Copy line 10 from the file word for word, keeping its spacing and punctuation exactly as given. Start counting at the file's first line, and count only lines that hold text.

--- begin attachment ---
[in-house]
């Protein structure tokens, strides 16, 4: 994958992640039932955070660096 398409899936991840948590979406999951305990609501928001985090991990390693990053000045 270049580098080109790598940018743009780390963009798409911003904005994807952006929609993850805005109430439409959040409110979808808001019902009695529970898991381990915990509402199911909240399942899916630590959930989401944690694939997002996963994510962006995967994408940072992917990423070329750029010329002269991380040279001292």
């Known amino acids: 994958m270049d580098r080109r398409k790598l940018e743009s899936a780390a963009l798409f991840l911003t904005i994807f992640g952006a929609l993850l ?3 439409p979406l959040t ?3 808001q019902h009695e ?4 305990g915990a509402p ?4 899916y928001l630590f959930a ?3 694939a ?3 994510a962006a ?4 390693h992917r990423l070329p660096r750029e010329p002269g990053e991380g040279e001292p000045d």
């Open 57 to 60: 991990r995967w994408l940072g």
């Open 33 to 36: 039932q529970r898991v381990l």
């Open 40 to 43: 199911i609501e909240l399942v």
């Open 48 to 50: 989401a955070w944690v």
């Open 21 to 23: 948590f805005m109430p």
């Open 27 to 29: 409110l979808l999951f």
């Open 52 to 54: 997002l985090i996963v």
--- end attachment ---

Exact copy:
């Open 52 to 54: 997002l985090i996963v």